I mentioned in the last issue of this publication that the actions of President Trump would determine the fate of the US economy. The tariffs(taxes) levied against our trading partners is having an adverse reaction on growth. Germany is Europe’s largest economy. During the 4th quarter, its economy (GDP) turned slightly negative and is expected to slip further into negative territory in the 1st quarter. Recessions commonly defined as two straight negative quarters; therefore, Germany probably entered an official recession at the end of March. European slowdown comes with their interest rates extremely depressed. As an example, Germany’s 10-year sovereign debt trades at a zero yield. Slowing world demand is one of the causes of our slowdown.
Another factor is the American consumer, who has suddenly become cautious in spite of stating they remain optimistic. Retail sales retreated during the fourth quarter of 2018 and continued sub-par during the first quarter. In another sign of building caution, the personal savings rate, on the rise starting Q4, points to a more restrained consumer.
Existing and new home sales YoY remains negative. Vehicle sales rates, the second largest consumer purchase category behind homes, also declined during the quarter. Given above-inflation wage gains, more jobs available than available workers, yet a reluctant consumer. Interesting.
Let’s examine a couple of popular economic indicators for additional signs of weakness. The slope of the Treasury yield curve is often cited as a recession indicator if it inverts (short-term rates higher than long-term rates). Currently, the 3-month T-Bill is yielding 2.42% while the 10-year is yielding 2.41%. I prefer comparing the 2-year to the 10-yearwhich is still slightly positive but barely.
The Chicago Fed National Activity Index is a weighted index of 85 indicators of national economic activity and inflationary pressures. The Index moved lower during the quarter and is now predicting declining inflationary pressure and below long-term average growth. It is still above the recession predictor level, but the trend is alarming. The oft-quoted Conference Board’s US Leading Indicators Index shares the same pattern as the Chicago Fed Activity Index as it has declined this year, but remains above recession levels.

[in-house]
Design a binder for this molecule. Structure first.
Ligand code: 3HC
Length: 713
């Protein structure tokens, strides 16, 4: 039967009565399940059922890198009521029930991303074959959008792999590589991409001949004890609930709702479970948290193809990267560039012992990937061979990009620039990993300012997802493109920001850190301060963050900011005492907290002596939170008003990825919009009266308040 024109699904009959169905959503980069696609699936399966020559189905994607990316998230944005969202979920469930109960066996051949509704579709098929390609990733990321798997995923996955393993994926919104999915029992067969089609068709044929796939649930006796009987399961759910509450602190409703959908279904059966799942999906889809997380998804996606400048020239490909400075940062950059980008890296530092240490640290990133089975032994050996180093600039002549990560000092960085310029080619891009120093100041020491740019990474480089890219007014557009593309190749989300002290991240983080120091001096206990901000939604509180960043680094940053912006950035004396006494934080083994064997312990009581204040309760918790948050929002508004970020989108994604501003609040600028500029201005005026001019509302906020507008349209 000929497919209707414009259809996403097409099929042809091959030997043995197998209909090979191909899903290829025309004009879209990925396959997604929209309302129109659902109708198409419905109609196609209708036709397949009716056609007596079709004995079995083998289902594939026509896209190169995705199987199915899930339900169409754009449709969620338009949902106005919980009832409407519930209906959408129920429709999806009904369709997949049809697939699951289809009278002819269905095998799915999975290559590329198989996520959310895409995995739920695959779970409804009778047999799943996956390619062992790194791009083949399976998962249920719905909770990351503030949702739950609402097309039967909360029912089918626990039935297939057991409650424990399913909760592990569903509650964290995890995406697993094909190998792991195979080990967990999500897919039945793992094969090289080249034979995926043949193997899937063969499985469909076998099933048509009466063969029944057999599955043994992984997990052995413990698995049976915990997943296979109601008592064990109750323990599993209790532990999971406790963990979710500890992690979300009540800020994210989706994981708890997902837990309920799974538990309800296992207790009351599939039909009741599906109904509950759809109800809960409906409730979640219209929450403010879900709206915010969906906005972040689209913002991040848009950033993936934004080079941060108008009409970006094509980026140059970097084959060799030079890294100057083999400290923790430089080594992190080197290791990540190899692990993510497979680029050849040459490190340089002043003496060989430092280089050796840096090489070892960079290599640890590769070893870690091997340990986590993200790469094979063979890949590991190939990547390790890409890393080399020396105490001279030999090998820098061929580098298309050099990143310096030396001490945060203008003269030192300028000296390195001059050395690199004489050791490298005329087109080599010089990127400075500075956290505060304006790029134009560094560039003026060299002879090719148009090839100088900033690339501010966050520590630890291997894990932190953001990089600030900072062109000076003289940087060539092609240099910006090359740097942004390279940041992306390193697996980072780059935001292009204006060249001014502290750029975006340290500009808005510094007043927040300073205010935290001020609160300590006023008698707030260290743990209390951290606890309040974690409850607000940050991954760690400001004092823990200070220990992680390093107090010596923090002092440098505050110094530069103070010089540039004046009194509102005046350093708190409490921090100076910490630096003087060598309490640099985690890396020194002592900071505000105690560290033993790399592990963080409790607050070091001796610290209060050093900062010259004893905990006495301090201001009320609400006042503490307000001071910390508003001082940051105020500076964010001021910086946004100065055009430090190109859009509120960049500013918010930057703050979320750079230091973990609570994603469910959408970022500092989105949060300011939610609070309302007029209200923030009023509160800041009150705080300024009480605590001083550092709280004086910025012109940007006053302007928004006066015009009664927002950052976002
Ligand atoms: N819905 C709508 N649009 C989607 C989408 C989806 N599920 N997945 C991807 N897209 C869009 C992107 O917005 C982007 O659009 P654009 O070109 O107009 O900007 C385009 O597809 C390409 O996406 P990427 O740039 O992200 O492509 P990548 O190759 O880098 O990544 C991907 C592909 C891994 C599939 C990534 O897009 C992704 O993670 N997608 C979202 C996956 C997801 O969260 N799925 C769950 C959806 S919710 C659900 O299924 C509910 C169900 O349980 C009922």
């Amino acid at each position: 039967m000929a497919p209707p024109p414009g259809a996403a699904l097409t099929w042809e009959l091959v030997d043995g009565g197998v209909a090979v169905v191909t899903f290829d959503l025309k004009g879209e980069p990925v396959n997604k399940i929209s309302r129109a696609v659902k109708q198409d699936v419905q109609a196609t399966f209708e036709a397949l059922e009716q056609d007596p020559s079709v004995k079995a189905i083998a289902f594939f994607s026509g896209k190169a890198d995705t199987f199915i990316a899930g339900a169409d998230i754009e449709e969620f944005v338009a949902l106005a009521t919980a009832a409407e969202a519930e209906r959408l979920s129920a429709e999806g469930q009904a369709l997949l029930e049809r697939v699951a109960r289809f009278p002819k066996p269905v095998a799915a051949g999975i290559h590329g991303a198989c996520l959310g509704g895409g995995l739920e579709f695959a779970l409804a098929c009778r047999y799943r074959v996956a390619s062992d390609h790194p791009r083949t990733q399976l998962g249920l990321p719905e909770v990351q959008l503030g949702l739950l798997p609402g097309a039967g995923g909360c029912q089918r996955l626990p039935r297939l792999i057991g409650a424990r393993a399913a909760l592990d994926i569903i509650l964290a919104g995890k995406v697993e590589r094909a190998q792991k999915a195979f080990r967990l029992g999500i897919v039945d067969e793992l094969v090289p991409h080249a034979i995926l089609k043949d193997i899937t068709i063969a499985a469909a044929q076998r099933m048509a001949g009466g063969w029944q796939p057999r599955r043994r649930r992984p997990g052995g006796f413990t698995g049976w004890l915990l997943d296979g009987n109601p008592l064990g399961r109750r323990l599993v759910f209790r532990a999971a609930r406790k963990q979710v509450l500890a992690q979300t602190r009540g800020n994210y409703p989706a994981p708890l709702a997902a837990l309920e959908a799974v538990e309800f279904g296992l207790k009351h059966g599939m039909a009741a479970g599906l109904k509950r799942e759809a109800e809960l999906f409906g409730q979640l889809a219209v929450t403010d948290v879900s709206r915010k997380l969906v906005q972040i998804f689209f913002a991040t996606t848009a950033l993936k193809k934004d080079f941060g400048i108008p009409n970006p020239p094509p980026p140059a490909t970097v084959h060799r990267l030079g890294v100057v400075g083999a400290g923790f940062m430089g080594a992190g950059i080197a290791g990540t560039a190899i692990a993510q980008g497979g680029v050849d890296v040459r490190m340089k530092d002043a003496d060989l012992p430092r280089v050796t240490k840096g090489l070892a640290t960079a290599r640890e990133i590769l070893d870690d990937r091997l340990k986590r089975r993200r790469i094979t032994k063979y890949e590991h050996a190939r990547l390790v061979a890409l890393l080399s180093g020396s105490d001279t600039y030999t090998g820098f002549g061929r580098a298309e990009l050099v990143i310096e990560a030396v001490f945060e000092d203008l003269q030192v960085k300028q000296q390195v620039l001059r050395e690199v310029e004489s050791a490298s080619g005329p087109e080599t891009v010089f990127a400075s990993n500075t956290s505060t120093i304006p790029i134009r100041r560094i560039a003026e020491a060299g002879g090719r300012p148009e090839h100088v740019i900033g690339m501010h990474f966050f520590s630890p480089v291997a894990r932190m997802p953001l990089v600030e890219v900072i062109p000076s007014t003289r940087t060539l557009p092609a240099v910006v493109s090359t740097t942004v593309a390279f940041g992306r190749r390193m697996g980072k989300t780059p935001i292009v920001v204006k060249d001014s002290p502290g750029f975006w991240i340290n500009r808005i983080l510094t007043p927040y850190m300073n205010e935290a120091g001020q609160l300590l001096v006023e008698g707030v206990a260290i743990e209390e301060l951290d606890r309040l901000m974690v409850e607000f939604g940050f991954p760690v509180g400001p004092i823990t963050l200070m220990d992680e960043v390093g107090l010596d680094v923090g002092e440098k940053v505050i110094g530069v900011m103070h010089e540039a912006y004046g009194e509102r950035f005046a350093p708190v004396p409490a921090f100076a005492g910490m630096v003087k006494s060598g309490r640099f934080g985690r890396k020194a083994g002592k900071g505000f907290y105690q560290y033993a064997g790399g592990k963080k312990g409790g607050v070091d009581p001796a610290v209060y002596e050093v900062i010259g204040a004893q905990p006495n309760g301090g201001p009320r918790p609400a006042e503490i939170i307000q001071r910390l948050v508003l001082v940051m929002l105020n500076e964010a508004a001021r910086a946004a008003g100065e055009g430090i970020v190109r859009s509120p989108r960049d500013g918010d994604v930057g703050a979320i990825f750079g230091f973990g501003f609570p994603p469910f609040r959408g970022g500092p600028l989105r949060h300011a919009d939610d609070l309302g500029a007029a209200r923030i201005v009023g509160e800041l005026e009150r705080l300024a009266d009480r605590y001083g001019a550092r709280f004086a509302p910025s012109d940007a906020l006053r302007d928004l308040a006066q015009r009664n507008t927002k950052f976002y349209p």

What are the conclusions? Given the negative trend of a couple of my crucial recession predictors, I have raised my probability of recession from 20% to 35%. The first quarter GDP slowed from the prior quarter’s 2.2% pace. I predict the first quarter GDP growth declined and will be in the range of 1.25%-1.75%.
With growth slowing what could push the economy over the edge into negative territory? The key remains the ongoing and postponed trade negotiations deadline with China. The business community lacks, but demands clarity, and is therefore reluctant to expand operations. An expanding trade war could be a recession catalyst as well as closing the border with Mexico.
Mel Miller, CFA® is Chief Economist and a member of the First Affirmative Investment Committee. He monitors economic conditions and market movements, and keeps the firm and its network advisors current on economic issues.
NOTE: Indexes are not available for direct investment. Mention of a specific company or security is not a recommendation to buy or sell that security. Past performance is never a guarantee of future results.
Source of graphic data: Bloomberg